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November 2009 Newsletter

What’s New

Last month we announced that Andrew R. Yarmus, P.E. was selected as a member of the 2009 Rockland County Forty Under 40.  On October 22nd, Mr. Yarmus received the award at a gala reception at the IBM Executive Conference Center in Palisades, NY.  The event was covered by the Journal News.

Recent Projects

  •  Consultation regarding alleged soil erosion caused by land clearing in Ulster County, NY
  • Review of the circumstances regarding a deck staircase collapse in Wesley Hills, NY
  • Certification of the structural integrity of a suspected foundation wall failure in Westport, CT

New York City Engineers Say Yankees Stadium’s Cement Ramps Safe

On October 25th, the Associated Press reported that “New York City Buildings Department engineers say the ramps at Yankee Stadium are sound in spite of large cracks in the cement,” and “the cracks do not affect the structural stability of the ramps at the $1.5 billion ballpark.” The inquiry “came after the owners of a company involved in designing the concrete mix were accused of either faking or failing to perform some required tests”.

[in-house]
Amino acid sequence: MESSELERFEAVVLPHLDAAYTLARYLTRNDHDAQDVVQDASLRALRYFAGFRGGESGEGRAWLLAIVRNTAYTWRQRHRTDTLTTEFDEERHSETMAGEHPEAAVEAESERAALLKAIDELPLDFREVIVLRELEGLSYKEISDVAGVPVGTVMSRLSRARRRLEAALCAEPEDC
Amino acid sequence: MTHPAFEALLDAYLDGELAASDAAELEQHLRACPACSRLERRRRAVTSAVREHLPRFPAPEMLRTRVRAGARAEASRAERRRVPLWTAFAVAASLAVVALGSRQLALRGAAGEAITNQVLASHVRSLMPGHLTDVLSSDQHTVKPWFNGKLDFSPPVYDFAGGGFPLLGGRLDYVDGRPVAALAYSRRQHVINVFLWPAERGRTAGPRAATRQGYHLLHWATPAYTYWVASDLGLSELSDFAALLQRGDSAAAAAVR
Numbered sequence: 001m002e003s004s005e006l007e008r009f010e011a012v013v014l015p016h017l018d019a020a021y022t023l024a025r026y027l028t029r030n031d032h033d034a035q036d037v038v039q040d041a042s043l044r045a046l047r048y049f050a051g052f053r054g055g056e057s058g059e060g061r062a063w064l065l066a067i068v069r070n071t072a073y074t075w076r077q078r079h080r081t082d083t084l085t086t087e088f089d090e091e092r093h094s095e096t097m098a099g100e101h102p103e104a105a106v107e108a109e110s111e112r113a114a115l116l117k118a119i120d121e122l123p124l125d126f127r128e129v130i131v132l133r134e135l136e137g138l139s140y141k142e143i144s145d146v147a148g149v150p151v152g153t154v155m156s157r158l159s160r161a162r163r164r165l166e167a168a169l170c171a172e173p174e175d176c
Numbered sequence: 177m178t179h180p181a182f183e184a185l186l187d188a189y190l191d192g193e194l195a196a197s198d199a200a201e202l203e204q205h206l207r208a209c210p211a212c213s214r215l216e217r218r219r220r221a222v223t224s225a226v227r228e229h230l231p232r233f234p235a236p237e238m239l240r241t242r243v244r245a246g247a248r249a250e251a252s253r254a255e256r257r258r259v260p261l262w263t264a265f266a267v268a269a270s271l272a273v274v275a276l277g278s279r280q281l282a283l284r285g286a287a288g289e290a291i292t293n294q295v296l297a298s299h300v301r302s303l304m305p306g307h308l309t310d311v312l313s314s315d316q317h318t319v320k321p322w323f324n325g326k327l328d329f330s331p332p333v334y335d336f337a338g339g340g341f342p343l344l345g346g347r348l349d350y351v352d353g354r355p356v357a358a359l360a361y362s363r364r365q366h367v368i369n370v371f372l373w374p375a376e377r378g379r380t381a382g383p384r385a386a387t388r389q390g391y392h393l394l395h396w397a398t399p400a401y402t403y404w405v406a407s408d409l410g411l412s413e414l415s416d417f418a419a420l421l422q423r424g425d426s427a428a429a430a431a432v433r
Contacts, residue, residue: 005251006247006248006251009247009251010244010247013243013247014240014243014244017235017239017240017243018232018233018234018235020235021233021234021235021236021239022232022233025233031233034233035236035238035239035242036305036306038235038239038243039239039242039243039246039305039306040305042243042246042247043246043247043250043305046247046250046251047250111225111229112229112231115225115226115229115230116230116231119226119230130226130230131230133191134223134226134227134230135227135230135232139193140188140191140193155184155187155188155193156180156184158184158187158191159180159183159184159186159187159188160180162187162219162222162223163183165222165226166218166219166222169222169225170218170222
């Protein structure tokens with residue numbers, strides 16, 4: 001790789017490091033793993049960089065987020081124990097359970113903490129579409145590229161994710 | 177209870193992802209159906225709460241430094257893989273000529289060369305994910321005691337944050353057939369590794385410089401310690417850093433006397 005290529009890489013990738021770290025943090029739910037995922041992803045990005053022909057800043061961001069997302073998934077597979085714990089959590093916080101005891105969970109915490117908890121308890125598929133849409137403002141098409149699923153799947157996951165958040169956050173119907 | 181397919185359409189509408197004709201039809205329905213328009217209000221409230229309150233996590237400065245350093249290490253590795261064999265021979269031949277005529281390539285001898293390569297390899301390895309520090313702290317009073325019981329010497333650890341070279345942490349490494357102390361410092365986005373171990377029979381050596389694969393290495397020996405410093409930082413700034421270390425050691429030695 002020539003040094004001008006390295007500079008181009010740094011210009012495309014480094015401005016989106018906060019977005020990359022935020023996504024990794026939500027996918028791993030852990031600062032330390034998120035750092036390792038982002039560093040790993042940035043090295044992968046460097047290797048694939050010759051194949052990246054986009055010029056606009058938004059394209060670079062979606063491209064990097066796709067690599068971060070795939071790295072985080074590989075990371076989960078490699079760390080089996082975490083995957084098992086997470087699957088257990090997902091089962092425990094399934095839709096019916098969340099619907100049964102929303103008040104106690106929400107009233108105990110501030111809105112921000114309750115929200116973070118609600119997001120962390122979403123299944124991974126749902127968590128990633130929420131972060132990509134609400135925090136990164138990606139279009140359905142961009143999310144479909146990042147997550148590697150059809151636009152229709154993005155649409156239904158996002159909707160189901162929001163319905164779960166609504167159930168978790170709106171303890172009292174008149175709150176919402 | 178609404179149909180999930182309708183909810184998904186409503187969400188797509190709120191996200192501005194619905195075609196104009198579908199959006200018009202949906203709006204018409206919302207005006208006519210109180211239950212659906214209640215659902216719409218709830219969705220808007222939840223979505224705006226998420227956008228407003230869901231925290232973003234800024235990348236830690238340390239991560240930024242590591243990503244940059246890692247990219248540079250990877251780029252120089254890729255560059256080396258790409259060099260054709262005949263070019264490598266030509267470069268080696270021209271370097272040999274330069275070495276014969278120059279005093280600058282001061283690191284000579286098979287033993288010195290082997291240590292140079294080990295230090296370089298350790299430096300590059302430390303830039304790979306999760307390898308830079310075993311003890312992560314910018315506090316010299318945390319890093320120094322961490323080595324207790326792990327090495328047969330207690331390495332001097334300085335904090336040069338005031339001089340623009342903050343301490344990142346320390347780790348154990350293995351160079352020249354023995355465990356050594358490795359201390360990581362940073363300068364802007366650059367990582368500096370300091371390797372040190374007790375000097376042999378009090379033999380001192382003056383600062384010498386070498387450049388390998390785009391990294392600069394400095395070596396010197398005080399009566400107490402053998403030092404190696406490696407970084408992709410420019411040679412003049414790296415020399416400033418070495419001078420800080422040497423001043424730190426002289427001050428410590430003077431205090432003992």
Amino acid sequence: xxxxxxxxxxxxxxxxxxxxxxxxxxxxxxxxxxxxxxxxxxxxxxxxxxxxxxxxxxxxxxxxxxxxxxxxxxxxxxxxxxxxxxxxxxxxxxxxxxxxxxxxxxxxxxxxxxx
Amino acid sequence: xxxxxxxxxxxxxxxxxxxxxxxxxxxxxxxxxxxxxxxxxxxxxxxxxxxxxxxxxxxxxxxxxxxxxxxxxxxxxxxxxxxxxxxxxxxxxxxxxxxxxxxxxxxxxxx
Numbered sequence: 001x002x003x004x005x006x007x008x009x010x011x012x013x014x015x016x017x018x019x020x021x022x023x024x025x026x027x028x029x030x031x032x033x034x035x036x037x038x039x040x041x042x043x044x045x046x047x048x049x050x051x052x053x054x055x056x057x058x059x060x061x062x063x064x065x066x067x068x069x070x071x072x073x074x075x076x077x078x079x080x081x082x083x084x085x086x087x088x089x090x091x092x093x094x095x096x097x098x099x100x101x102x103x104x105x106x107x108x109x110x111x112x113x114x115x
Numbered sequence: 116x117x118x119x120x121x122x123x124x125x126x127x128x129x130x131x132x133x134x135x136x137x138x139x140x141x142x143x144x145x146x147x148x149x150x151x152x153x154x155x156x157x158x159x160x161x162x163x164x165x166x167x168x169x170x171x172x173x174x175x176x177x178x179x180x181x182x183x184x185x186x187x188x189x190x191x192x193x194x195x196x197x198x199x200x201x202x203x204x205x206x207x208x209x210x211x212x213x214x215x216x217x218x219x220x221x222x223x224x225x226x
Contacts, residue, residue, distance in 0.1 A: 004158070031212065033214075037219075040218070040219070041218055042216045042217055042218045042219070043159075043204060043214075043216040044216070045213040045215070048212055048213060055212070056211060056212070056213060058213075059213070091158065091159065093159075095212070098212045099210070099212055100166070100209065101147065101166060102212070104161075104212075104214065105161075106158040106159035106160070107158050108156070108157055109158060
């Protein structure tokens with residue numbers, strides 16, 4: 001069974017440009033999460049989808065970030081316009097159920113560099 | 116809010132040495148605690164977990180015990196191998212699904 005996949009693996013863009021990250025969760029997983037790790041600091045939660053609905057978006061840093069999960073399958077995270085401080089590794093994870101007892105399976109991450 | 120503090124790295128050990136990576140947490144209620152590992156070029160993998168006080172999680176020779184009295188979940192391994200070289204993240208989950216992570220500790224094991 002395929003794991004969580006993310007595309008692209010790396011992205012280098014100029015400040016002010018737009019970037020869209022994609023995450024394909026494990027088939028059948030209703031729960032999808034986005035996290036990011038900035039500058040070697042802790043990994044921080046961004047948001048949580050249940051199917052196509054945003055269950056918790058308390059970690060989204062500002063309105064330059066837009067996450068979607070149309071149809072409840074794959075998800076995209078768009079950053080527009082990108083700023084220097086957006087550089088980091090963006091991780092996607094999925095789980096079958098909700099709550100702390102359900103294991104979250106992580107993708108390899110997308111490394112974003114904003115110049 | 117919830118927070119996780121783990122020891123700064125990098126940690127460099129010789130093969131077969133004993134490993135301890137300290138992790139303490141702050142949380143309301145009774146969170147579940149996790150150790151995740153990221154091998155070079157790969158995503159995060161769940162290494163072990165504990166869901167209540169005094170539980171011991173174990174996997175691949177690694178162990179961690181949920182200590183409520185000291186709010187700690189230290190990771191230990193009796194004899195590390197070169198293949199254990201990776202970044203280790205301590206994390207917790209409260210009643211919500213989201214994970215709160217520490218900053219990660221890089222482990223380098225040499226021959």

On October 24th, the New York Times published a story on the history of the cracks and the involvement of various parties including contractors, testing laboratories, construction managers, the Yankees, and others.  Please click here to read the full story.

Yarmus Engineering, P.C. provides construction management and oversight services for its clients to assist in minimizing the likelihood of such incidents.  Please contact our office if we can be of assistance to you or your clients. 

EPA: Schools Should Test Aging

Caulk for PCB’s

On September 29th, the Associated Press reported that “hundreds of school buildings across the United States have caulk around windows and doors containing potentially cancer-causing PCBs (polychlorinated biphenyls),” according to the EPA. While “the danger to students is uncertain, and EPA does not know for sure how many schools could be affected,” the agency is telling schools to “test old caulk and remove it if PCBs turn up in significant amounts.” According to the EPA’s Administrator, Lisa Jackson, “PCBs remain in schools and many other buildings built before the chemicals were banned in the late 1970s”.

On September 28th, NPR published an article discussing this PCB issue, as well as the possibility of other environmental problems in schools including asbestos, radon, lead, and leaking underground storage tanks.  Please click here to read the full story.

Yarmus Engineering, P.C. is available to provide consultations on and test for such hazardous materials, as well as the abatement and management thereof.  Please contact our office if we can be of assistance to you or your clients. 

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